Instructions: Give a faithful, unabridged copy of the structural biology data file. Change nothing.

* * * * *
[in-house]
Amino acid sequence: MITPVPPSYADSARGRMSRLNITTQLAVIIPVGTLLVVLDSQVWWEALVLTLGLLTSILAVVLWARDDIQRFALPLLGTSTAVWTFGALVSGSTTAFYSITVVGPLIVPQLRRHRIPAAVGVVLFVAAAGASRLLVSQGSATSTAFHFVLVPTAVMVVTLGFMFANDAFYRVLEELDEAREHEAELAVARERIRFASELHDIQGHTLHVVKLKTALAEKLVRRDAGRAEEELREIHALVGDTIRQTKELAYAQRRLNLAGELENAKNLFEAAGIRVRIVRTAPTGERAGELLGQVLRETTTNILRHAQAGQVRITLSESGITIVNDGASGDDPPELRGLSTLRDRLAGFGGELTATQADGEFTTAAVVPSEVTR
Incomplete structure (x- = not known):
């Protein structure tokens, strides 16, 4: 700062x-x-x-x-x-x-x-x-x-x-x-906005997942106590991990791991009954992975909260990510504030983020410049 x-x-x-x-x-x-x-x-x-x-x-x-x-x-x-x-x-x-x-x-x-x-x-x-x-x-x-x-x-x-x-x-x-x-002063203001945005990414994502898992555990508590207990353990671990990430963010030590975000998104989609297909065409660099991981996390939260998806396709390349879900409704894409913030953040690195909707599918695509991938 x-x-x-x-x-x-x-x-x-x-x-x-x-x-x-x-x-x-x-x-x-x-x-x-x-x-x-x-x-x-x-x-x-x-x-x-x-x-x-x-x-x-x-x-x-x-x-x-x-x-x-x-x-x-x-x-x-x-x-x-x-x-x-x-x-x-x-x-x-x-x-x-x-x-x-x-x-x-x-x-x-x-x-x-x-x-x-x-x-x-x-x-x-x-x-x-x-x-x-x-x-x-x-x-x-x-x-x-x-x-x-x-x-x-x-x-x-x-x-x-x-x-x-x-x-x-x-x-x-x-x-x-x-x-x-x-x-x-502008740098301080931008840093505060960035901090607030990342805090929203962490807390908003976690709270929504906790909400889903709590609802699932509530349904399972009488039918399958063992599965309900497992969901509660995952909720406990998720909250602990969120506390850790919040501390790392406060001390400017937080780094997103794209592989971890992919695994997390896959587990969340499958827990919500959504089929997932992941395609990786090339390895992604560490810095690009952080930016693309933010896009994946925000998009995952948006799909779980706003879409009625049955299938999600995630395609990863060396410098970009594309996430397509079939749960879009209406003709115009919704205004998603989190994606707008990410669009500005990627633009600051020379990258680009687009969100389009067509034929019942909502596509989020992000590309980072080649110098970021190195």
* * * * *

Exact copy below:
[in-house]
Amino acid sequence: MITPVPPSYADSARGRMSRLNITTQLAVIIPVGTLLVVLDSQVWWEALVLTLGLLTSILAVVLWARDDIQRFALPLLGTSTAVWTFGALVSGSTTAFYSITVVGPLIVPQLRRHRIPAAVGVVLFVAAAGASRLLVSQGSATSTAFHFVLVPTAVMVVTLGFMFANDAFYRVLEELDEAREHEAELAVARERIRFASELHDIQGHTLHVVKLKTALAEKLVRRDAGRAEEELREIHALVGDTIRQTKELAYAQRRLNLAGELENAKNLFEAAGIRVRIVRTAPTGERAGELLGQVLRETTTNILRHAQAGQVRITLSESGITIVNDGASGDDPPELRGLSTLRDRLAGFGGELTATQADGEFTTAAVVPSEVTR
Incomplete structure (x- = not known):
């Protein structure tokens, strides 16, 4: 700062x-x-x-x-x-x-x-x-x-x-x-906005997942106590991990791991009954992975909260990510504030983020410049 x-x-x-x-x-x-x-x-x-x-x-x-x-x-x-x-x-x-x-x-x-x-x-x-x-x-x-x-x-x-x-x-x-x-002063203001945005990414994502898992555990508590207990353990671990990430963010030590975000998104989609297909065409660099991981996390939260998806396709390349879900409704894409913030953040690195909707599918695509991938 x-x-x-x-x-x-x-x-x-x-x-x-x-x-x-x-x-x-x-x-x-x-x-x-x-x-x-x-x-x-x-x-x-x-x-x-x-x-x-x-x-x-x-x-x-x-x-x-x-x-x-x-x-x-x-x-x-x-x-x-x-x-x-x-x-x-x-x-x-x-x-x-x-x-x-x-x-x-x-x-x-x-x-x-x-x-x-x-x-x-x-x-x-x-x-x-x-x-x-x-x-x-x-x-x-x-x-x-x-x-x-x-x-x-x-x-x-x-x-x-x-x-x-x-x-x-x-x-x-x-x-x-x-x-x-x-x-x-502008740098301080931008840093505060960035901090607030990342805090929203962490807390908003976690709270929504906790909400889903709590609802699932509530349904399972009488039918399958063992599965309900497992969901509660995952909720406990998720909250602990969120506390850790919040501390790392406060001390400017937080780094997103794209592989971890992919695994997390896959587990969340499958827990919500959504089929997932992941395609990786090339390895992604560490810095690009952080930016693309933010896009994946925000998009995952948006799909779980706003879409009625049955299938999600995630395609990863060396410098970009594309996430397509079939749960879009209406003709115009919704205004998603989190994606707008990410669009500005990627633009600051020379990258680009687009969100389009067509034929019942909502596509989020992000590309980072080649110098970021190195």